West Hills Community College District has a rich history of serving the educational needs of the west side of the San Joaquin Valley for more than 80 years.
The district traces its roots back to 1932, when the Coalinga Extension Center for Fresno State College was founded to offer classes through the local high school district. In the 1940s, Coalinga College ended formal ties with Fresno State and came under the control of the Coalinga Union High School District. In 1956, a new 40 acre campus for the school opened on Cherry Lane in Coalinga. In 1961, the school separated from the high school district and, in 1969, became known as West Hills College.
As time went on, the college expanded its reach into surrounding communities. In 1962, Lemoore and Avenal became a part of the district. The following year, Riverdale and Tranquillity High School Districts followed suit. Outreach increased in Firebaugh with the opening of the North District Center in 1971 and in Lemoore, with a West Hills presence at both Naval Air Station Lemoore and Lemoore High School.
While classes were offered as early as 1964 in Lemoore, a classroom and office were built in 1981 on land purchased from the city and named the Kings County Center. In the early 1990s, the California Postsecondary Commission designated West Hills College as the community college provider to the Hanford and Armona areas.
The approach of the new millennium brought even more changes. Online classes were offered starting in 1999. In 1998, approximately 107 acres of land was donated by the Pedersen-Semas families for the building of a full-fledged campus in Lemoore. The same year a $19.5 million bond measure, Measure G, passed to fund the building of the college and remodeling at both the Coalinga and Firebaugh campuses.
The first new community college built in California in this century opened in 2002 west of Highway 41 on Bush Street. The campus earned college status from the Board of Governors in 2001 and full accreditation in 2006, giving the district two separate colleges, jointly governed by the West Hills Community College District. WHCL became the 109th community college in California; there are now 112, making it the largest system of higher education in the U.S.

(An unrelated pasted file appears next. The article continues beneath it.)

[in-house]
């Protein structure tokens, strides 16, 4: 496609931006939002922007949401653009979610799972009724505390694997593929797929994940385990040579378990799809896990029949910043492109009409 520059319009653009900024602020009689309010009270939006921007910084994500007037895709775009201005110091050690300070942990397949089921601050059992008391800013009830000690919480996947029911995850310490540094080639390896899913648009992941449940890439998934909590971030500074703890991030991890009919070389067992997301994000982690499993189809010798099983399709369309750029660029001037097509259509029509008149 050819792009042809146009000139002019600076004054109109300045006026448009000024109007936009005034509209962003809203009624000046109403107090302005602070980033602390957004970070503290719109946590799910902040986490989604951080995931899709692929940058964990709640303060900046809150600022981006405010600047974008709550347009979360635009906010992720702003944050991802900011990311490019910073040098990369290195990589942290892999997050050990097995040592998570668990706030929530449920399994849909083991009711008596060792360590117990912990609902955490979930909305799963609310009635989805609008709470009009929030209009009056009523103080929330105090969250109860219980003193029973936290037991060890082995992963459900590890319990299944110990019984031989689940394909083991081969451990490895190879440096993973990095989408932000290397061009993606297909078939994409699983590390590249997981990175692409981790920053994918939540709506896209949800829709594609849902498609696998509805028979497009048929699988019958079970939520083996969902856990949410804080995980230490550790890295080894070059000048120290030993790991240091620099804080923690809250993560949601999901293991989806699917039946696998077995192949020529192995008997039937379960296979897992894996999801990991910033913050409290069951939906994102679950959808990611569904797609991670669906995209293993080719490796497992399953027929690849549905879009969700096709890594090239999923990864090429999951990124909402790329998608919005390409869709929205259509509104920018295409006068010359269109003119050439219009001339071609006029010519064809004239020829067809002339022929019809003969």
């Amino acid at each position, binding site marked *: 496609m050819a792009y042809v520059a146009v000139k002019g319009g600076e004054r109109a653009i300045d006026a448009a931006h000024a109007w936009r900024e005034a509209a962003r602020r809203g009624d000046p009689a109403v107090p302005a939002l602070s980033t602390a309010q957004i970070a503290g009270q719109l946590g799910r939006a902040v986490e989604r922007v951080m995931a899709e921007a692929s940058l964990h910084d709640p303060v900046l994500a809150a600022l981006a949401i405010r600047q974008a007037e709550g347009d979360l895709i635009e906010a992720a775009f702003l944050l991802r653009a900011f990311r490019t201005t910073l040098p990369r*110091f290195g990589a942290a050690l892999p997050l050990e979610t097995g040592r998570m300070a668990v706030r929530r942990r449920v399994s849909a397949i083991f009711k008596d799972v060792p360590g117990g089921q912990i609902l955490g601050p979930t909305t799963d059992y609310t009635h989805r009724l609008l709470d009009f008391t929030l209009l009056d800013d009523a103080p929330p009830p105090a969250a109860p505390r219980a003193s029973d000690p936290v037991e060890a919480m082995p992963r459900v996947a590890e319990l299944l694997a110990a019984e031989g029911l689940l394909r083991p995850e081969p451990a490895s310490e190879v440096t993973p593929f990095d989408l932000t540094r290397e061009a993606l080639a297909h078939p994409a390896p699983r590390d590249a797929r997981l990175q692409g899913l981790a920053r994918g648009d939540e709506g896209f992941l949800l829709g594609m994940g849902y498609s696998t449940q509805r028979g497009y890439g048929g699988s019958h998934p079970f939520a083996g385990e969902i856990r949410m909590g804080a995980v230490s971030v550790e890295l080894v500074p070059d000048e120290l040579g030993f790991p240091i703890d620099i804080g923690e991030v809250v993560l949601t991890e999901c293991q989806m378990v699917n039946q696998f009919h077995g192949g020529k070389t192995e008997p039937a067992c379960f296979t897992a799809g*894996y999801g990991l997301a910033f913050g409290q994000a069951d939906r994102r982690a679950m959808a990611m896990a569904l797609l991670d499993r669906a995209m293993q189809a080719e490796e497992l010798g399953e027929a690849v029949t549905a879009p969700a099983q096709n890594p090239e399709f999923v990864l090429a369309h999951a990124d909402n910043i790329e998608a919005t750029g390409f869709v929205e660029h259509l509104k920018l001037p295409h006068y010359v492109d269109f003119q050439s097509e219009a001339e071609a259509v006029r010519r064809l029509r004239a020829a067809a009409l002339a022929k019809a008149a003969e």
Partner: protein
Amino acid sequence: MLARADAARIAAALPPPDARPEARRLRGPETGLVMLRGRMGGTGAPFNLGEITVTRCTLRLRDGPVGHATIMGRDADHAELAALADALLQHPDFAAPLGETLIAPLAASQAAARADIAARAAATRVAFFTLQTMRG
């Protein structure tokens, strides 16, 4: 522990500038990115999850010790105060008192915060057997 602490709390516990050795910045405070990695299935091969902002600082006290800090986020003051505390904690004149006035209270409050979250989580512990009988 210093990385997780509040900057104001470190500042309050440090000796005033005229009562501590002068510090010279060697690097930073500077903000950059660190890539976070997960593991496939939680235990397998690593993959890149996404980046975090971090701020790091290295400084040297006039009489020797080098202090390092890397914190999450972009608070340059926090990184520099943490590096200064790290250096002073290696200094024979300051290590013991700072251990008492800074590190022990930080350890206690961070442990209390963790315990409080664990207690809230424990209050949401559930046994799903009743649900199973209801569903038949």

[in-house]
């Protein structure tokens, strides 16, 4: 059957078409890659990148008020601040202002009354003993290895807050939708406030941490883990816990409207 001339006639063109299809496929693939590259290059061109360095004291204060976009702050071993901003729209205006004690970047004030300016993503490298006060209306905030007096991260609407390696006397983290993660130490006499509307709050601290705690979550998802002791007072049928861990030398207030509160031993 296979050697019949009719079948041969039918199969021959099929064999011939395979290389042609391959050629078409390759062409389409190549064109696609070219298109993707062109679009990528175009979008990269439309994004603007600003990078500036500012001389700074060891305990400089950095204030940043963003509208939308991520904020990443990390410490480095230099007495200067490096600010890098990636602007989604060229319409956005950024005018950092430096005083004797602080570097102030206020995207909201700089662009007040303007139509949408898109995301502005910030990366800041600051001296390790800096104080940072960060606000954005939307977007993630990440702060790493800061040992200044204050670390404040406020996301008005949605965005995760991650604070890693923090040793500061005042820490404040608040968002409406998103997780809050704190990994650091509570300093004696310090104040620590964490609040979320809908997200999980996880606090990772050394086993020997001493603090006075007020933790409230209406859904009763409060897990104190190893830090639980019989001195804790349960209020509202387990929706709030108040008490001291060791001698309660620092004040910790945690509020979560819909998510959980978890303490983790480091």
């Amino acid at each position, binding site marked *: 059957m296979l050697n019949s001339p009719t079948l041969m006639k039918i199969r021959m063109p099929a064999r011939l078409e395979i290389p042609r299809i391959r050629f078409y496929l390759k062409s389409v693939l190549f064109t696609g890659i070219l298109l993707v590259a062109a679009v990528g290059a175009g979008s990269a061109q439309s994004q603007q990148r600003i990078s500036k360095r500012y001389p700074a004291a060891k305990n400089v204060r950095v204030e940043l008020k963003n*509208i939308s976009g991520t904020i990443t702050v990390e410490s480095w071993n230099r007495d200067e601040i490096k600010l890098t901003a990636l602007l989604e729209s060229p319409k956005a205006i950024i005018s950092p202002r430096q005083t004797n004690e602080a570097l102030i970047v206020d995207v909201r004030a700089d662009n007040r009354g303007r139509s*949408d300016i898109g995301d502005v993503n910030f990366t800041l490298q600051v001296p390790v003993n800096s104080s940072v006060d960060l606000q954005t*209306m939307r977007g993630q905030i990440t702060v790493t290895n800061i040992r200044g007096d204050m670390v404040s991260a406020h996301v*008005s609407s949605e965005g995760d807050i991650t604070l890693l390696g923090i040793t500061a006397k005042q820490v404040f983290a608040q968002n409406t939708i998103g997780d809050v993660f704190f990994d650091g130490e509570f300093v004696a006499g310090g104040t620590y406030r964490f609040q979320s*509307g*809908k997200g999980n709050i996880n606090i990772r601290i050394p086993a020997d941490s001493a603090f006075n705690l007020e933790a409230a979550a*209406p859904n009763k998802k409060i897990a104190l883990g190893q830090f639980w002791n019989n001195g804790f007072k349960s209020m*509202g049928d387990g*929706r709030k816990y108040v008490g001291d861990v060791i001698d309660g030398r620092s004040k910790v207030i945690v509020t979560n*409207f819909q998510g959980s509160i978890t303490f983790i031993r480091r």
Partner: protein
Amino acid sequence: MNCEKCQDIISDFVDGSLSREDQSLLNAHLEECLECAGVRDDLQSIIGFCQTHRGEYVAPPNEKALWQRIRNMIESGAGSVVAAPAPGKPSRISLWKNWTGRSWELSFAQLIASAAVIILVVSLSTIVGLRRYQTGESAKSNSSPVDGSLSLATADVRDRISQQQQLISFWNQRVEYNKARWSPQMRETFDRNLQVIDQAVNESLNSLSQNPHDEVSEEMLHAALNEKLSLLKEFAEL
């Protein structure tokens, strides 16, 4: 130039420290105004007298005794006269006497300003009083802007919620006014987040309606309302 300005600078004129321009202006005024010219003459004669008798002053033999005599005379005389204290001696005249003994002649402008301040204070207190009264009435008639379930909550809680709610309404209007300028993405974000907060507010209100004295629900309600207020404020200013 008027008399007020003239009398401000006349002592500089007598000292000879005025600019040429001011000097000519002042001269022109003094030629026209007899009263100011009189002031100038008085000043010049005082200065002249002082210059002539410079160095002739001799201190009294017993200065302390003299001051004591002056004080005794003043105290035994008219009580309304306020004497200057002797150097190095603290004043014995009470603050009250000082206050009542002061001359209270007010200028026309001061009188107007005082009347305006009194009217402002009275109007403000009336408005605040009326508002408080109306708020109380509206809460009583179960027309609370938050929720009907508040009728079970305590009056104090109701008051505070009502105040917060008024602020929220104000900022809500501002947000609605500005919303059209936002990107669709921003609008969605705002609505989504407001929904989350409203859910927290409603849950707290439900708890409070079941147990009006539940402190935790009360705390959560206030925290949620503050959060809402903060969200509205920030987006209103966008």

That was just the beginning of a new phase of construction running into the 21st Century. In 1998, NDC Firebaugh moved to a new building. Several major bond measures were passed in 2008 and in 2014. Voters passed Measure C in 2008, which benefited West Hills College Coalinga and provided $11.6 million in funds to build new agriculture facilities at the Farm of Future and modernize several campus buildings.
Measure E was passed in Lemoore at the same time, providing $31 million in funding for several planned new buildings. The state of the art Golden Eagle Arena opened in 2011 and a new 23,000 square foot student center is scheduled to open in 2016.
Measure Q, an $11.8 million measure, was also passed in 2008 to provide funds for the North District Center, Firebaugh.
Measure T, a $20 million bond issue, was passed in 2014 to fund district-wide ongoing technology upgrades for the next 20 years.
California Proposition 51 was passed in 2016, which has provided remaining funds needed to build a new 41,633 sq. ft. North District Center in Firebaugh. The center has an anticipated completion date of December 2021 and will be comprised of over 41,000 square feet of classroom, lab, library and office space.
A new district office in Coalinga is another building project completed in this new phase.
The district covers nearly 3,500 square miles with colleges in Lemoore and Coalinga, the North District Center in Firebaugh, a District office in Coalinga, eight child development centers throughout neighboring rural communities, and the Farm of the Future facility at the north end of Coalinga.
Planning is underway for further improvements at all three WHCCD sites.
WHCCD has also continued its commitment to innovation. WHCCD has earned three California Innovation Awards for Higher Education. The Innovation Award for Higher Education was created by the State of California Department of Finance as an incentive to urge colleges to focus on innovative reforms, in an effort to increase completion rates and make college more affordable. They recognize California districts and colleges that help reduce the time it takes students to complete degrees and credentials, reduce the total cost of attendance for students, or do both.